Ice and Ink

Marion had driven past the lake

More times than she could hope to count.

She lived on its banks with her husband

And their five children, who loved the lake.

They would swim in its waters each day.


They had wanted to swim that day,

But she couldn’t let them; it was too cold,

Even though they insisted it wasn’t.

Such was the folly of children—

They had no idea how cold it could be.


Not even the ducks were out

As she drove past it later that day.

The kids were with her; school was over;

They chattered as the sun reflected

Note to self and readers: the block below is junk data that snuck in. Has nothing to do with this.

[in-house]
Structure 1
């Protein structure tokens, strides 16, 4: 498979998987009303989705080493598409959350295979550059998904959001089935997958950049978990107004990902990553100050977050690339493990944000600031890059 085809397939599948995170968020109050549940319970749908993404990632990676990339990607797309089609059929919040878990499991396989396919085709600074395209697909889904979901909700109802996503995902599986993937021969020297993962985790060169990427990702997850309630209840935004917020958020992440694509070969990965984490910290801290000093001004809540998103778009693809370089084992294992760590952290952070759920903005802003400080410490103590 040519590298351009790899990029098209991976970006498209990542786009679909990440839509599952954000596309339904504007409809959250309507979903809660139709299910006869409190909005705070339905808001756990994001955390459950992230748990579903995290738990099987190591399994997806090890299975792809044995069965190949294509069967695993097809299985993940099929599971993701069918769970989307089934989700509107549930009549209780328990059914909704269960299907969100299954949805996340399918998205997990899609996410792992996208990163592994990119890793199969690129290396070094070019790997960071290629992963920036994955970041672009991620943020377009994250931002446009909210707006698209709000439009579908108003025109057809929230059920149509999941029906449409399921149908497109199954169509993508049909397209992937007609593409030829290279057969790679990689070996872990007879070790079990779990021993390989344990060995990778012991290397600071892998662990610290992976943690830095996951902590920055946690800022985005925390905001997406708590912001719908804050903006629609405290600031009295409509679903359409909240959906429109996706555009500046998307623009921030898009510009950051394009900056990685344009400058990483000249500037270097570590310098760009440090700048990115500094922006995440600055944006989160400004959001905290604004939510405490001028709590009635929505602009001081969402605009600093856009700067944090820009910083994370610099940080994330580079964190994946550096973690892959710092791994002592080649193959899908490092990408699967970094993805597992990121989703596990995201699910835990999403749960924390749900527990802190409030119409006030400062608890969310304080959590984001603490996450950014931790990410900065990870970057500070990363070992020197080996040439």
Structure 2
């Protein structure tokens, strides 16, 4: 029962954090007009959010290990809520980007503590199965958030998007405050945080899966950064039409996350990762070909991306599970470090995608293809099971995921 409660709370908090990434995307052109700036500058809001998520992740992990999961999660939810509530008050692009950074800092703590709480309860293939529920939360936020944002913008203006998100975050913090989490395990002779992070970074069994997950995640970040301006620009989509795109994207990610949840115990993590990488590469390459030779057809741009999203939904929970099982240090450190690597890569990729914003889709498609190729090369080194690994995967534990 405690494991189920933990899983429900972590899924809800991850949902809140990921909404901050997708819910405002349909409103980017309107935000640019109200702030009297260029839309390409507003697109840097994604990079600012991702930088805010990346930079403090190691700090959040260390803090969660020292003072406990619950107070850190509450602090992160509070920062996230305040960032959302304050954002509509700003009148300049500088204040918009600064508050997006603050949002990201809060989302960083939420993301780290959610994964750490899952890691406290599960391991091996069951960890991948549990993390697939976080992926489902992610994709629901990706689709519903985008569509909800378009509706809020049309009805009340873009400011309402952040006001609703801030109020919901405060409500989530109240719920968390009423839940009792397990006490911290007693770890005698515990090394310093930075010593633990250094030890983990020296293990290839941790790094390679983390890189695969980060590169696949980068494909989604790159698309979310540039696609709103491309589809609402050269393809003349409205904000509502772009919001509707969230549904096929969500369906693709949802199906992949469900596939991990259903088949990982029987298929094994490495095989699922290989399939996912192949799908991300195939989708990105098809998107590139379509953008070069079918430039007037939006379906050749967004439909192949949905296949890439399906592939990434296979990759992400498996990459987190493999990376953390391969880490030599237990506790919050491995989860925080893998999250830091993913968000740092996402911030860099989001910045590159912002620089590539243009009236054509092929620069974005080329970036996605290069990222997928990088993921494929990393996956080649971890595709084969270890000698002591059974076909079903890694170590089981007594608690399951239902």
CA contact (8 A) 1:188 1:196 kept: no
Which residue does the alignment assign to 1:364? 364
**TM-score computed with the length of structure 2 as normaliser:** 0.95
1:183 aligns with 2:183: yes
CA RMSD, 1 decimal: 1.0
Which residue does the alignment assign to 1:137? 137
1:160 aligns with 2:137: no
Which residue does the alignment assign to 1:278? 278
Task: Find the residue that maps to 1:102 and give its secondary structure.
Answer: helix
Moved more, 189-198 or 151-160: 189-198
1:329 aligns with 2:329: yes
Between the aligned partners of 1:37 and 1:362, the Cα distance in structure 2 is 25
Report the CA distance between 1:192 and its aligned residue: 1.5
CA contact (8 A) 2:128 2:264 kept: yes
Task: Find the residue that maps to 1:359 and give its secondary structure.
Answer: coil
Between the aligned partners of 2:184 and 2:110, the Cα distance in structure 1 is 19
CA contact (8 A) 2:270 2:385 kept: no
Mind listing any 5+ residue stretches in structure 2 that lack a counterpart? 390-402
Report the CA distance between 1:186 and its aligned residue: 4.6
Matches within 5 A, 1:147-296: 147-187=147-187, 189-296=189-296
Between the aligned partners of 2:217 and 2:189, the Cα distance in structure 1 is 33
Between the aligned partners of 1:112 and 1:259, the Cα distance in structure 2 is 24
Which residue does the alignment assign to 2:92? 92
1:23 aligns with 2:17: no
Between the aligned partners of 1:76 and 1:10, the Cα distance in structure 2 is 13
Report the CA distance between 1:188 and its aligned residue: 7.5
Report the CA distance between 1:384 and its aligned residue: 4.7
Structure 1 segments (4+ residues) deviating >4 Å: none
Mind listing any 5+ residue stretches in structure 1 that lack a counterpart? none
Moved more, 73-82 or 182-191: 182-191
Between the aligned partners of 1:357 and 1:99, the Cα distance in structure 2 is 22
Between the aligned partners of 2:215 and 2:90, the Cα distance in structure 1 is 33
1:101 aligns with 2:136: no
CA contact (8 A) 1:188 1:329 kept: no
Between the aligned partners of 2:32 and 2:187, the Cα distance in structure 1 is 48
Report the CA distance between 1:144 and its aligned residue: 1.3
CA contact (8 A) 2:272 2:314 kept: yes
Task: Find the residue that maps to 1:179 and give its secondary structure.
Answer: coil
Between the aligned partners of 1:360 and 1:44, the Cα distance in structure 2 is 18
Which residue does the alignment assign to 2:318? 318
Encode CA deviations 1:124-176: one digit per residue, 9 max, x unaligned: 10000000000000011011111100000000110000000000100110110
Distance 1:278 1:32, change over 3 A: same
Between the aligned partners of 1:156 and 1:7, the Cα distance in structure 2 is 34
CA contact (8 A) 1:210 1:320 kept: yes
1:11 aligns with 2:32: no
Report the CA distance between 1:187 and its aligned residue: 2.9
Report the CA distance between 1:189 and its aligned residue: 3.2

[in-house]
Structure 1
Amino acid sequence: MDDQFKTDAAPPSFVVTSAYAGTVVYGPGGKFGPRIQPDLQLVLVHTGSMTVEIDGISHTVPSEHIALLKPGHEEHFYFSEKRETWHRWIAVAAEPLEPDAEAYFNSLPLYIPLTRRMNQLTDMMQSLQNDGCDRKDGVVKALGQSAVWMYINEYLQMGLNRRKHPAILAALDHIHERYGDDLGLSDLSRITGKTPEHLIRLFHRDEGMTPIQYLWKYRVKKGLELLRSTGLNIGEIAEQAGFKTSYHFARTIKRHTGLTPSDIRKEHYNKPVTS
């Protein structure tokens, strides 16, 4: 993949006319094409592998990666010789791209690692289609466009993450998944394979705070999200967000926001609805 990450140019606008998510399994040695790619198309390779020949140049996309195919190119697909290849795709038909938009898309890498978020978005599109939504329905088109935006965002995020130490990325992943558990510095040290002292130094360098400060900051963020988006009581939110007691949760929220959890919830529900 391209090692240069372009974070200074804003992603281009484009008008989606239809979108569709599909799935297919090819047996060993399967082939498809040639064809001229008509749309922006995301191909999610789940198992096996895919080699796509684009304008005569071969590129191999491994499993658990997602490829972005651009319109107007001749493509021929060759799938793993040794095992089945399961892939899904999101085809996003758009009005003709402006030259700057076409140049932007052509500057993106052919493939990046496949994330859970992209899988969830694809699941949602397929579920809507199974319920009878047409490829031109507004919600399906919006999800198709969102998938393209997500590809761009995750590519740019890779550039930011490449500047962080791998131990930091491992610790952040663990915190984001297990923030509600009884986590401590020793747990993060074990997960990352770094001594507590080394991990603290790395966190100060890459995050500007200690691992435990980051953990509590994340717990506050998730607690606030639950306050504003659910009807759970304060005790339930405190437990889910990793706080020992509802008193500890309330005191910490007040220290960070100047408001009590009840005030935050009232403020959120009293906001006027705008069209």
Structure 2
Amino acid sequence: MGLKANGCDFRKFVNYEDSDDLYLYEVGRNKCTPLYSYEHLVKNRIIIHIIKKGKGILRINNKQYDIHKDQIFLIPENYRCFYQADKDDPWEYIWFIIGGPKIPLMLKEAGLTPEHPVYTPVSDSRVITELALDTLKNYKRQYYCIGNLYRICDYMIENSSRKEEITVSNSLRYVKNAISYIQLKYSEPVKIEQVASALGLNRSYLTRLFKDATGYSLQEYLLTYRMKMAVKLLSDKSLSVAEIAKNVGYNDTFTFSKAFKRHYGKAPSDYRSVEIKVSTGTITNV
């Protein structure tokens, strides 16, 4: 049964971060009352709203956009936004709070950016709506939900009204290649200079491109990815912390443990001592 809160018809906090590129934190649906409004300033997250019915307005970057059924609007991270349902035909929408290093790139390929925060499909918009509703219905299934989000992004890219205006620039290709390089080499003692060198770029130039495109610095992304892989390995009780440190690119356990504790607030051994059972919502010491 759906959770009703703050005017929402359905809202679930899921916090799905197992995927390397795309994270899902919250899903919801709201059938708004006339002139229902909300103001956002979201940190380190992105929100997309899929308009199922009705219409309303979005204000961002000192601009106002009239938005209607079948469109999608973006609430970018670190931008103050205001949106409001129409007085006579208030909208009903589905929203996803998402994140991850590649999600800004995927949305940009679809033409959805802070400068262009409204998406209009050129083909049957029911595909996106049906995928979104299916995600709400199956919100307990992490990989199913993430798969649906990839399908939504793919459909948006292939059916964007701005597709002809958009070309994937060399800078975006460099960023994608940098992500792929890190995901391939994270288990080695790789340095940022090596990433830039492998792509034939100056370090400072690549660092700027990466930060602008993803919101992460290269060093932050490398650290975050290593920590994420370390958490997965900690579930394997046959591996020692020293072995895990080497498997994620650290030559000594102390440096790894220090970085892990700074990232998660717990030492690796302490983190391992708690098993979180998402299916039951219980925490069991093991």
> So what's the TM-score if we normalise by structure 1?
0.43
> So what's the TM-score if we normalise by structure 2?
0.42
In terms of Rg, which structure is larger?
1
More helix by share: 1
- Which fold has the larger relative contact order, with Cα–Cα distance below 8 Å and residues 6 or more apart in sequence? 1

Off the lake’s unforgiving surface.


 She didn’t realize it till the stop sign.

She tapped the breaks, but they did not slow.

Panicked, she slammed the breaks repeatedly

As the intersection grew nearer.

She had to choose—the car veered off the road.


Blackness seeped into the car like ink.

There is no water, only cold.

Only when she opened the door

Did the water come crashing in.

She struggled—at last she broke the surface.


Marion stood atop the car,

Her anguished, ragged cries ripped the air.

She did not stop, would not stop,

Not even when the help arrives at last.

They lift out her shivering blue children.


The hospital walls are blinding white,

So different from the darkness

That had swallowed tiny Zenavia.

Never again would she swim in the lake.

She had been only five years old.  

This poem is about: 
Our world


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